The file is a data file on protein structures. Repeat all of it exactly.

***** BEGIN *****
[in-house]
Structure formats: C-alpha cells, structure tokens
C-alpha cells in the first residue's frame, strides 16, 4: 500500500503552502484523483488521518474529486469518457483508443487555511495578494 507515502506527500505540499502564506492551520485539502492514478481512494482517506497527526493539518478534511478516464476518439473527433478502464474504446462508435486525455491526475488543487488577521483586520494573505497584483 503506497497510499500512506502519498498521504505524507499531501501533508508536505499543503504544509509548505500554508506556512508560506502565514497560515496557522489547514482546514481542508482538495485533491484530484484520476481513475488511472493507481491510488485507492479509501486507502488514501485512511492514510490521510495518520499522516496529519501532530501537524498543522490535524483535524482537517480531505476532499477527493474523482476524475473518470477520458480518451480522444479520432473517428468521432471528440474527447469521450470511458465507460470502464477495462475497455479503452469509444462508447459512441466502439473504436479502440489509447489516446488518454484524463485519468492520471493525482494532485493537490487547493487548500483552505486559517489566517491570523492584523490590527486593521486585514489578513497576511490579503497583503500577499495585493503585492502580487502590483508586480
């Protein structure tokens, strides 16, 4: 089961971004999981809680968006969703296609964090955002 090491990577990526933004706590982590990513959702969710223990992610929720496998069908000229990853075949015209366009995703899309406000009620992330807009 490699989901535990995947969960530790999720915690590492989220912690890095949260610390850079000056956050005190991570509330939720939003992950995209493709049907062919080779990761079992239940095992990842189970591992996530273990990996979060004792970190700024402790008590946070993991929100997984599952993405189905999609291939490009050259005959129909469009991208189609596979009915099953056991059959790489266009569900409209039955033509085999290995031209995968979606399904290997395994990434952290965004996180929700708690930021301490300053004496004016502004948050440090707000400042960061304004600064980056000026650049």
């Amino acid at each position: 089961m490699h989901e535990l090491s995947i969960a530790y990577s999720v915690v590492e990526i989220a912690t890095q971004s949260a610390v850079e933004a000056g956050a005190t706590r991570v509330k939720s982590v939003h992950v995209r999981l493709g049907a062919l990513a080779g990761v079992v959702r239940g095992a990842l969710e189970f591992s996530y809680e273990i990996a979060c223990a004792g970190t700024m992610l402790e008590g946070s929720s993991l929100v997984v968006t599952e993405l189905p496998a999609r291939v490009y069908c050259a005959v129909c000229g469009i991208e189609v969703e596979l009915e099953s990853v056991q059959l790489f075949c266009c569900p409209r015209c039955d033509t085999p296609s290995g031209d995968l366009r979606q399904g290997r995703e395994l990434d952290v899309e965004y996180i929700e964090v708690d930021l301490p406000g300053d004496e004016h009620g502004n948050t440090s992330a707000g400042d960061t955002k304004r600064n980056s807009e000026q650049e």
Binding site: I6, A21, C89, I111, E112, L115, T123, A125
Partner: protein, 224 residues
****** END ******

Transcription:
[in-house]
Structure formats: C-alpha cells, structure tokens
C-alpha cells in the first residue's frame, strides 16, 4: 500500500503552502484523483488521518474529486469518457483508443487555511495578494 507515502506527500505540499502564506492551520485539502492514478481512494482517506497527526493539518478534511478516464476518439473527433478502464474504446462508435486525455491526475488543487488577521483586520494573505497584483 503506497497510499500512506502519498498521504505524507499531501501533508508536505499543503504544509509548505500554508506556512508560506502565514497560515496557522489547514482546514481542508482538495485533491484530484484520476481513475488511472493507481491510488485507492479509501486507502488514501485512511492514510490521510495518520499522516496529519501532530501537524498543522490535524483535524482537517480531505476532499477527493474523482476524475473518470477520458480518451480522444479520432473517428468521432471528440474527447469521450470511458465507460470502464477495462475497455479503452469509444462508447459512441466502439473504436479502440489509447489516446488518454484524463485519468492520471493525482494532485493537490487547493487548500483552505486559517489566517491570523492584523490590527486593521486585514489578513497576511490579503497583503500577499495585493503585492502580487502590483508586480
């Protein structure tokens, strides 16, 4: 089961971004999981809680968006969703296609964090955002 090491990577990526933004706590982590990513959702969710223990992610929720496998069908000229990853075949015209366009995703899309406000009620992330807009 490699989901535990995947969960530790999720915690590492989220912690890095949260610390850079000056956050005190991570509330939720939003992950995209493709049907062919080779990761079992239940095992990842189970591992996530273990990996979060004792970190700024402790008590946070993991929100997984599952993405189905999609291939490009050259005959129909469009991208189609596979009915099953056991059959790489266009569900409209039955033509085999290995031209995968979606399904290997395994990434952290965004996180929700708690930021301490300053004496004016502004948050440090707000400042960061304004600064980056000026650049």
């Amino acid at each position: 089961m490699h989901e535990l090491s995947i969960a530790y990577s999720v915690v590492e990526i989220a912690t890095q971004s949260a610390v850079e933004a000056g956050a005190t706590r991570v509330k939720s982590v939003h992950v995209r999981l493709g049907a062919l990513a080779g990761v079992v959702r239940g095992a990842l969710e189970f591992s996530y809680e273990i990996a979060c223990a004792g970190t700024m992610l402790e008590g946070s929720s993991l929100v997984v968006t599952e993405l189905p496998a999609r291939v490009y069908c050259a005959v129909c000229g469009i991208e189609v969703e596979l009915e099953s990853v056991q059959l790489f075949c266009c569900p409209r015209c039955d033509t085999p296609s290995g031209d995968l366009r979606q399904g290997r995703e395994l990434d952290v899309e965004y996180i929700e964090v708690d930021l301490p406000g300053d004496e004016h009620g502004n948050t440090s992330a707000g400042d960061t955002k304004r600064n980056s807009e000026q650049e």
Binding site: I6, A21, C89, I111, E112, L115, T123, A125
Partner: protein, 224 residues